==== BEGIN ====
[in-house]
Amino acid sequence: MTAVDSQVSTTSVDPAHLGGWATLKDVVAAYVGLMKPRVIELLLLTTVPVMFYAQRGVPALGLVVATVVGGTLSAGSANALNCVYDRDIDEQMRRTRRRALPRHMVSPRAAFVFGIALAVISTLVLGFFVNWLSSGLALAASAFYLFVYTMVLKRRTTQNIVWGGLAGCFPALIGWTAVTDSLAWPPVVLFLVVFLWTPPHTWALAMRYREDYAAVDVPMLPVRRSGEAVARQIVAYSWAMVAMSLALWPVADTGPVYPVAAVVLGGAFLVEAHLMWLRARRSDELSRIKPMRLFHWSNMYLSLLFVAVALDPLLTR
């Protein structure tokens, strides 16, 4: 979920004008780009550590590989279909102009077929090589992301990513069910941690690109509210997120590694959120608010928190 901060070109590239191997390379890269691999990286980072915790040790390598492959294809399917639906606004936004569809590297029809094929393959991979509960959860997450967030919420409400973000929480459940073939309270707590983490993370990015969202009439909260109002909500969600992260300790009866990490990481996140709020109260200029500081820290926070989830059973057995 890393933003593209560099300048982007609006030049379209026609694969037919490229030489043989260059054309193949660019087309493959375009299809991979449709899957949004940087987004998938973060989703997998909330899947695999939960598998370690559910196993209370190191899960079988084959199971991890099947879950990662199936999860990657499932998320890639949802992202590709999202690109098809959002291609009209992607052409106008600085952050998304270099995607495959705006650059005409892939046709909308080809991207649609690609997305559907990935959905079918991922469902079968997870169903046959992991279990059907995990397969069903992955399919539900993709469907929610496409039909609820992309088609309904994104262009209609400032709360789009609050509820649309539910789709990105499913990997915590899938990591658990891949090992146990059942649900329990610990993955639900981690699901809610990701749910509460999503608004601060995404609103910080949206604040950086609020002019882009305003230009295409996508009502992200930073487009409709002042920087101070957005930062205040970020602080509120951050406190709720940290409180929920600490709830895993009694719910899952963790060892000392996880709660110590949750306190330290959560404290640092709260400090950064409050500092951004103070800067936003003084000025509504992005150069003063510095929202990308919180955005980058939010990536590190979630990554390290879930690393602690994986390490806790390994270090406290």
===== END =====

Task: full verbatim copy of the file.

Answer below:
[in-house]
Amino acid sequence: MTAVDSQVSTTSVDPAHLGGWATLKDVVAAYVGLMKPRVIELLLLTTVPVMFYAQRGVPALGLVVATVVGGTLSAGSANALNCVYDRDIDEQMRRTRRRALPRHMVSPRAAFVFGIALAVISTLVLGFFVNWLSSGLALAASAFYLFVYTMVLKRRTTQNIVWGGLAGCFPALIGWTAVTDSLAWPPVVLFLVVFLWTPPHTWALAMRYREDYAAVDVPMLPVRRSGEAVARQIVAYSWAMVAMSLALWPVADTGPVYPVAAVVLGGAFLVEAHLMWLRARRSDELSRIKPMRLFHWSNMYLSLLFVAVALDPLLTR
């Protein structure tokens, strides 16, 4: 979920004008780009550590590989279909102009077929090589992301990513069910941690690109509210997120590694959120608010928190 901060070109590239191997390379890269691999990286980072915790040790390598492959294809399917639906606004936004569809590297029809094929393959991979509960959860997450967030919420409400973000929480459940073939309270707590983490993370990015969202009439909260109002909500969600992260300790009866990490990481996140709020109260200029500081820290926070989830059973057995 890393933003593209560099300048982007609006030049379209026609694969037919490229030489043989260059054309193949660019087309493959375009299809991979449709899957949004940087987004998938973060989703997998909330899947695999939960598998370690559910196993209370190191899960079988084959199971991890099947879950990662199936999860990657499932998320890639949802992202590709999202690109098809959002291609009209992607052409106008600085952050998304270099995607495959705006650059005409892939046709909308080809991207649609690609997305559907990935959905079918991922469902079968997870169903046959992991279990059907995990397969069903992955399919539900993709469907929610496409039909609820992309088609309904994104262009209609400032709360789009609050509820649309539910789709990105499913990997915590899938990591658990891949090992146990059942649900329990610990993955639900981690699901809610990701749910509460999503608004601060995404609103910080949206604040950086609020002019882009305003230009295409996508009502992200930073487009409709002042920087101070957005930062205040970020602080509120951050406190709720940290409180929920600490709830895993009694719910899952963790060892000392996880709660110590949750306190330290959560404290640092709260400090950064409050500092951004103070800067936003003084000025509504992005150069003063510095929202990308919180955005980058939010990536590190979630990554390290879930690393602690994986390490806790390994270090406290």